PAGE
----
On the weather front, we are currently sitting in a split-flow pattern highlighted by an anomalously strong ridge over the East Pacific or just off the west coast of Canada and the Northwest U.S. This is bringing very warm temperatures on the order of 10-20F above average and high temperatures in the 80s with isolated 90s to the Pacific Northwest over the next 5 days. Record-breaking temperatures are possible during this time frame. Underneath this strong ridge is an upper level trough or large scale cyclonic flow. The position of these two features is resulting in a spilt of the jet stream with a northern branch traveling around the upper level ridge northward into Canada and then southward near the U.S.-Canada border. Meanwhile, the southern branch is traveling around the upper level trough across the southern U.S. This will allow for a large section of the central U.S., including the major crop production centers that have been plagued with storm after storm, to dry out some. The drier-than-normal pattern will allow for farmers more days to work the field. Figure 5 is a map showing the 7-day accumulated precipitation forecast across the Lower 48.
Figure 6 is a map from the 12z GFS ensemble depicting a drier-than-normal (in yellow) precipitation pattern over much of the corn, wheat, and soybean production centers in the 1-7 day time frame (May 9-16).
Figure 6 is a map from the 12z GFS ensemble depicting a normal to wetter-than-normal (in green) precipitation pattern developing over the spring wheat, western corn and soybean belts, with normal to drier than normal precipitation across the eastern corn/soybean belt in the 8-14 day time frame (May 16-23).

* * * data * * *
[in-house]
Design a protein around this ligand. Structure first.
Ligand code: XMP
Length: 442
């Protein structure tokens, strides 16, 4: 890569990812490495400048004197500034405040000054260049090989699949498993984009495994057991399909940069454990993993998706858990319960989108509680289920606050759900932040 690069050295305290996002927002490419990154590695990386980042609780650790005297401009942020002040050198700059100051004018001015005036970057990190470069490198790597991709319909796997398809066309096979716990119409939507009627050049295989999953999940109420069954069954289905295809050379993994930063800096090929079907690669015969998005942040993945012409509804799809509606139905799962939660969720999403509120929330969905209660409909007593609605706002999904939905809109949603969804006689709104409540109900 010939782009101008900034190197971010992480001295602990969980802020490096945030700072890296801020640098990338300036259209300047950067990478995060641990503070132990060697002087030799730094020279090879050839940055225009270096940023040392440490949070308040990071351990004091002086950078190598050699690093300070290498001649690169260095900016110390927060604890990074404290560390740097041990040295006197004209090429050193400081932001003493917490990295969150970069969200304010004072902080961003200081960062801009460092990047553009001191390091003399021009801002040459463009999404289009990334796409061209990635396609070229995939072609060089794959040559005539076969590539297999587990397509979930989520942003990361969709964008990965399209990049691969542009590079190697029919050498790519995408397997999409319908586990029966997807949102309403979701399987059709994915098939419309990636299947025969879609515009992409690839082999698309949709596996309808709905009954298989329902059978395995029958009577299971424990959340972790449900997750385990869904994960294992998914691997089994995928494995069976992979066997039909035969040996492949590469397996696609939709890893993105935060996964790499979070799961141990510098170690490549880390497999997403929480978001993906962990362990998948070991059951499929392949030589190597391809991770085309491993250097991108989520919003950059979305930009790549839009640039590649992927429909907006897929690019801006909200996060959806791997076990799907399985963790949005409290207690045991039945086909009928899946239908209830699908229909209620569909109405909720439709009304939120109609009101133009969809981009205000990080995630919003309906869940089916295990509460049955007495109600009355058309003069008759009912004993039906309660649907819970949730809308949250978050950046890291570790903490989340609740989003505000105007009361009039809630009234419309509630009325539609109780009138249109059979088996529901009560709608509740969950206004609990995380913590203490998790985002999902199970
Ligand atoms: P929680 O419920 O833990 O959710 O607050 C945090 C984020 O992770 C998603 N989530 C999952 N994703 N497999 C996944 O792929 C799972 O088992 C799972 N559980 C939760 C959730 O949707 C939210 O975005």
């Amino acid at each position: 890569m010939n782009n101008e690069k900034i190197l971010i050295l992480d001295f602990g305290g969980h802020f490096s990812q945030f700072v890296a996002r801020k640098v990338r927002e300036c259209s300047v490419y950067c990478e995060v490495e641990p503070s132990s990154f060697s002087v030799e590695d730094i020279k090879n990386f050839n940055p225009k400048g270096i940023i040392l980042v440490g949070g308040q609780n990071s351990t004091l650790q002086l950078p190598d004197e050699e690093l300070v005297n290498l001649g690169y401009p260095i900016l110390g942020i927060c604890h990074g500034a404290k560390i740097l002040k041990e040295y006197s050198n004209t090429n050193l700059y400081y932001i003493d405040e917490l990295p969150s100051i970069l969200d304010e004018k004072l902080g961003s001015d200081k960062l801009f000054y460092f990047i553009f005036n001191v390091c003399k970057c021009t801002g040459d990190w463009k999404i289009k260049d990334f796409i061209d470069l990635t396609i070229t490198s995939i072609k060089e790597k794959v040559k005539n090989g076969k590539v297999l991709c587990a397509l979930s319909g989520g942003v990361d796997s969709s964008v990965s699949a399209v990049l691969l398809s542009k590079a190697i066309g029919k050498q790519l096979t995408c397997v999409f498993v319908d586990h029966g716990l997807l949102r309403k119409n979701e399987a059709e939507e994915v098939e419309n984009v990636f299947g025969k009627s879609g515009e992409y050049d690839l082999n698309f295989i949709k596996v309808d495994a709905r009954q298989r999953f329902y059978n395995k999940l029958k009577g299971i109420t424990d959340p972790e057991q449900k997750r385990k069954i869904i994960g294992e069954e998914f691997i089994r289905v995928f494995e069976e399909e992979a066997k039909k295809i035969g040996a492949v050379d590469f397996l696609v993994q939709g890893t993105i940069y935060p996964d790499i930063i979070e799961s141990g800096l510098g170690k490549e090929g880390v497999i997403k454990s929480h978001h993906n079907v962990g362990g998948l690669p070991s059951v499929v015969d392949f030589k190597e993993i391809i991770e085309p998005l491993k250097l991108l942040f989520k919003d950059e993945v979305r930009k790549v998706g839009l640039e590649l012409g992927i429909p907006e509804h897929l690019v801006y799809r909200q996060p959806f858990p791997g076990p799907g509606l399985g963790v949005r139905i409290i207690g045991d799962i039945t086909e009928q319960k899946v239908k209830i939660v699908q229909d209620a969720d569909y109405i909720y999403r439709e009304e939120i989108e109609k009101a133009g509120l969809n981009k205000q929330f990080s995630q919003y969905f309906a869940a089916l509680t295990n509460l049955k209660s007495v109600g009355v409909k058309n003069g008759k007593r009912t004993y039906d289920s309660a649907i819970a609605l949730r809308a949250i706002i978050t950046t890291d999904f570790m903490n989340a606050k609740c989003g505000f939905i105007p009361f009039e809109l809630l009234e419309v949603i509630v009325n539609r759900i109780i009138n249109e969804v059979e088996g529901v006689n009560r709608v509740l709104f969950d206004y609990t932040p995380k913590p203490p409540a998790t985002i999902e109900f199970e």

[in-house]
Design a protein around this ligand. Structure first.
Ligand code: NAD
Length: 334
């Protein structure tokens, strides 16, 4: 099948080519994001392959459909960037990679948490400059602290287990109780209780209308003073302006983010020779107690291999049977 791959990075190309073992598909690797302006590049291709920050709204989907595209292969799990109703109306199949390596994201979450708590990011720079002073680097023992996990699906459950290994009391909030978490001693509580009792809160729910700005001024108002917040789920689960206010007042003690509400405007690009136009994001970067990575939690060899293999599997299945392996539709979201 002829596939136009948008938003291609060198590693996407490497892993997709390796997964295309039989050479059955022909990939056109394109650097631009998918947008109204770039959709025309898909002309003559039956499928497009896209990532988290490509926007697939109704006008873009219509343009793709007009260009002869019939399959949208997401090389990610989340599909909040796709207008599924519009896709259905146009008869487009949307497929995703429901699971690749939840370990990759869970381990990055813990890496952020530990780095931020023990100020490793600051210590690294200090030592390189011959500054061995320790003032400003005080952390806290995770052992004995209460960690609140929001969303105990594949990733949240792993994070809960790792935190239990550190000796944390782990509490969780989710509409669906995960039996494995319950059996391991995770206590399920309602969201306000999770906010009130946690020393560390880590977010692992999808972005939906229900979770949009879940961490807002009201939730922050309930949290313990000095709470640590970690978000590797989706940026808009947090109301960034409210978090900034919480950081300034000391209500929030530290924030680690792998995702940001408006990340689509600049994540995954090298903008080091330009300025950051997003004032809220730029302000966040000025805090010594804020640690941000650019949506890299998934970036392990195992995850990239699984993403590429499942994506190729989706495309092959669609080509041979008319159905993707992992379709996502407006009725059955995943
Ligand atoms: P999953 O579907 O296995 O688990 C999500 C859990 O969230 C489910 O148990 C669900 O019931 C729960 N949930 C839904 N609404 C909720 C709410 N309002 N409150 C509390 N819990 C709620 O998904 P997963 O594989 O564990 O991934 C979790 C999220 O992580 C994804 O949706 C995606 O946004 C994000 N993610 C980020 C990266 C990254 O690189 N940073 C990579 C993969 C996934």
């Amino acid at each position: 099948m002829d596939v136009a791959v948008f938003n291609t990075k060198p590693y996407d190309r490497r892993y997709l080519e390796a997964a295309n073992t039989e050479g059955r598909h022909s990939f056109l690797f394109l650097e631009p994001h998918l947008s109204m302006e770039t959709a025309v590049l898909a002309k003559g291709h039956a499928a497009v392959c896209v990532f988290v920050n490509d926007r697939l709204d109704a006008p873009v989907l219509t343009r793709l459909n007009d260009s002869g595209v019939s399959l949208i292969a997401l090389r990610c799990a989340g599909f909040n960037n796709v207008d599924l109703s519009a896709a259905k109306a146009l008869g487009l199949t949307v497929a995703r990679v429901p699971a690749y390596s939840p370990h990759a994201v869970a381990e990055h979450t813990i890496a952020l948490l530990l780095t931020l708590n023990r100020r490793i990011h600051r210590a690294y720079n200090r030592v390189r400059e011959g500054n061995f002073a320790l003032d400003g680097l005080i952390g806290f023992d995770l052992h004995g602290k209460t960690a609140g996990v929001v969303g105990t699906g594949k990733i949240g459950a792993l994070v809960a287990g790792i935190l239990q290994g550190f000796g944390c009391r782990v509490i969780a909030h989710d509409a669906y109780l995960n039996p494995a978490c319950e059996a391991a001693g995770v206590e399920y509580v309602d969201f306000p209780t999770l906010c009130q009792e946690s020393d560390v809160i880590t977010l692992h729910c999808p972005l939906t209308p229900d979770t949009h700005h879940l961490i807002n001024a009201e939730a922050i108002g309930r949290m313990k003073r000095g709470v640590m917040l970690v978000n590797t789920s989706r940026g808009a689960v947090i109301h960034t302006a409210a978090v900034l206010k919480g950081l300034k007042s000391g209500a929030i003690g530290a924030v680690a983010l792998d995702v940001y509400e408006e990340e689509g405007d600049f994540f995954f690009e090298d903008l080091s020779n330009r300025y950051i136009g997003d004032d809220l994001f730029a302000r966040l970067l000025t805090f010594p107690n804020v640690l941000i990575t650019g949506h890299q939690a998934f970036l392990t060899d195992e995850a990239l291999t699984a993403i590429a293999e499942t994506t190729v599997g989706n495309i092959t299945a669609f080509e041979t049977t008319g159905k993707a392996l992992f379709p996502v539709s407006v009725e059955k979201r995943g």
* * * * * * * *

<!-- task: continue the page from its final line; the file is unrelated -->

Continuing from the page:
Cooler-than-normal temperatures will continue to be the theme across the central U.S. In fact, Freeze Warnings and Advisories have been issued for southwestern Minnesota, southeastern South Dakota, much of Nebraska, western half of Kansas, and eastern half of Colorado for tonight through Friday morning. Figure 7 below is a screenshot image of areas under Freeze Warnings and Advisories tonight through Friday morning.
Temperatures over the next week will average cooler than normal across the central U.S. Temperatures are expected to moderate/warm across the western corn/soybean belts in the 6-10 timeframe with troughing establishing itself over the western U.S. and ridging across the central U.S. As temperatures begin to warm slightly across the Corn Belt in the 6-10 day period, the weather pattern will begin to turn wetter as well, specifically over the western corn/soybean belts and spring wheat belt. Figure 8 is a 0-5 day (May 9-14) temperature anomaly map from the 12z ECMWF ensemble depicting warmer-than-normal temperatures over the Pacific Northwest and the Southeast U.S., and cooler than normal temperatures across the central U.S.
Figure 9 is a 5-10 day (May 14-19) temperature anomaly map from the 12z ECMWF ensemble depicting warmer than normal temperatures over the central Rockies and Plains, and cooler than normal temperatures across the eastern and western U.S.
On a global scale, we are in a wavenumber 6 pattern which could potentially mean that this weather pattern that we've been in recently (cooler than normal and stormy across the central U.S.) will continue. That said, expect the possibility for cooler-than-normal temperatures and stormy conditions to continue. Temperatures, though cooler than normal, would be warmer in the days and weeks ahead than they are now due to climatology. Figure 10 is a global/hemispheric view of the upper level/jet stream pattern from the 12z ECMWF ensemble for Day 0-5 or May 9-14 highlighting the wavenumber 6 pattern (6 distinct troughs and ridges).